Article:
Headley’s account on Ishrat’s terror links must be taken seriously

  • Hindustan Times
  • Updated: Feb 12, 2016 00:26 IST
Pakistani-American terrorist David Headley claimed on Thursday that Ishrat Jahan was an operative of terror outfit Lashkar-e-Taiba. (PTI Photo)

The deposition of American-Pakistani terrorist David Headley that Ishrat Jahan, who had been killed by the Gujarat Police, was a suicide bomber of the Lashkar-e-Taiba is startling. But it still leaves unresolved the issue of fake encounter killing, which the Gujarat Police have been accused of. The facts of the case are these. In June 2004, an Ahmedabad police team headed by deputy commissioner DG Vanzara, who was until recently behind bars as a prime accused in another fake encounter case, had killed Mumbai-based Ishrat and three others on suspicion that they had hatched a plot to kill Narendra Modi, then chief minister of Gujarat. In September 2009, then Ahmedabad metropolitan magistrate SP Tamang had termed the encounter fake, basing his judgment on forensic and medical reports. The magistrate had recommended criminal action against 22 policemen including Vanzara. In September 2010, the Gujarat High Court had constituted a special investigation team (SIT) to investigate the case. In January 2011, Satish Verma, an IPS officer of the Gujarat cadre and an SIT member, had filed an affidavit stating that the encounter was not genuine. He also accused two other members of his team of not allowing a probe to be conducted in an unbiased manner. Another SIT, headed by Rajiv Ranjan Verma, a Bihar cadre IPS officer, told the court that the encounter was staged. However, the CBI, which took over the case later, had said two persons who were killed along with Ishrat had links with Kashmir secessionist groups.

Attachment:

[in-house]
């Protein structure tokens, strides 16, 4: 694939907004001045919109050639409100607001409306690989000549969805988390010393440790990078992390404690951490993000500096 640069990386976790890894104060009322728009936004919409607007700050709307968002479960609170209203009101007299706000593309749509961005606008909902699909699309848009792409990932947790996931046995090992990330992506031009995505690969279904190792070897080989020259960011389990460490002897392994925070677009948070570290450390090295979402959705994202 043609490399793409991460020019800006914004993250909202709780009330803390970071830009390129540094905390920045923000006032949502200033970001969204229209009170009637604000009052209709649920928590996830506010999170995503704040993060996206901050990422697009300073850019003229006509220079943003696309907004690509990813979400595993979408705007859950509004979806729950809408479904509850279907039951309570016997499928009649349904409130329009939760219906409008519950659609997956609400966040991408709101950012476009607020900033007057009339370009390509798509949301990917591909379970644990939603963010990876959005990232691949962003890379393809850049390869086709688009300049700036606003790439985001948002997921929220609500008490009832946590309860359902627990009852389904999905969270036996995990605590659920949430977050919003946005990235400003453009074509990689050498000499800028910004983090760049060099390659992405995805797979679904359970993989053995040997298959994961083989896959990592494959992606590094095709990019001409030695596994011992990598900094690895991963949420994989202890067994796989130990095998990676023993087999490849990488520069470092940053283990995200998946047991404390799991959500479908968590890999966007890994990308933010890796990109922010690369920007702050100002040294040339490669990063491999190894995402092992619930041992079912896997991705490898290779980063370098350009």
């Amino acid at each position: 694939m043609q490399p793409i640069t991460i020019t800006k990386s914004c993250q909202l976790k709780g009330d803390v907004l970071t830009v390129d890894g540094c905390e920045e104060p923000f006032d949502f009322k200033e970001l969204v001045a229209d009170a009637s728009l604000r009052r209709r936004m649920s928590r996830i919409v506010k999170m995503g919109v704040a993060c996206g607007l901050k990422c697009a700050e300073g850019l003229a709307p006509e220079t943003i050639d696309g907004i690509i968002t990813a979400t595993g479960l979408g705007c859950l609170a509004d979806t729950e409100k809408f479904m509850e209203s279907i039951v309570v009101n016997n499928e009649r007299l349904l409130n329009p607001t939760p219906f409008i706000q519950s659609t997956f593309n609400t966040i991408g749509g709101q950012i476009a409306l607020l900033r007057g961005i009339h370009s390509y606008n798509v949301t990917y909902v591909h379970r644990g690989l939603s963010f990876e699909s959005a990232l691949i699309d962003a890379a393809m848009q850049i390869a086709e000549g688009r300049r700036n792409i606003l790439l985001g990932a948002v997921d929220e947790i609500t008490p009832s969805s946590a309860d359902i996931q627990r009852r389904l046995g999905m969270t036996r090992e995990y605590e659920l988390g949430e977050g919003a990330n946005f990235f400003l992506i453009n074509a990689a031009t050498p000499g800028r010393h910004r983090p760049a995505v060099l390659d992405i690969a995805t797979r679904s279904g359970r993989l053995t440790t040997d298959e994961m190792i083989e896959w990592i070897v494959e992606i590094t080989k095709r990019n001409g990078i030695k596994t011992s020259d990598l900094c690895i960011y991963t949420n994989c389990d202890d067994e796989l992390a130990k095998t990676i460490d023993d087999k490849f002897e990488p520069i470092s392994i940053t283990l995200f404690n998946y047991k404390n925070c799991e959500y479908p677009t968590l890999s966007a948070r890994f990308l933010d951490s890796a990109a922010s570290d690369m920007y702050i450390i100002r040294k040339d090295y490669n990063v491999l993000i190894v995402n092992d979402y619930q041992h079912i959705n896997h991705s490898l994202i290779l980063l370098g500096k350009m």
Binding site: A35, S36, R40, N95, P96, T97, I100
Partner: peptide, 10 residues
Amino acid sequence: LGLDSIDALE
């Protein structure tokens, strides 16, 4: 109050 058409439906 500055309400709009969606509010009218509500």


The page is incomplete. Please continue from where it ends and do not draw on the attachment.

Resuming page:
It is commonly known that the police have to follow a standard operating procedure in handling criminals, including terrorists. If Ishrat Jahan and the three others were terrorists (it is not clearly known if they were travelling together), it would have been much more profitable for the police had they been arrested. And it was not difficult to nab them because they were, by all accounts, unarmed. And killing them, except in accordance with the procedure established by law, is unacceptable in a democracy. In Gujarat the police have acquired a bad reputation in this respect because there have been allegations of quite a number of fake-encounter killings and in at least one case the state government had admitted to it.

Still David Headley’s account has to be taken seriously because this is something the Central government and the whole nation had been waiting for. His testimony can be used to put pressure on Pakistan to act. But it has not been judicially established whether Ishrat had terrorist links. This piece of evidence could provide a start for that line of investigation.

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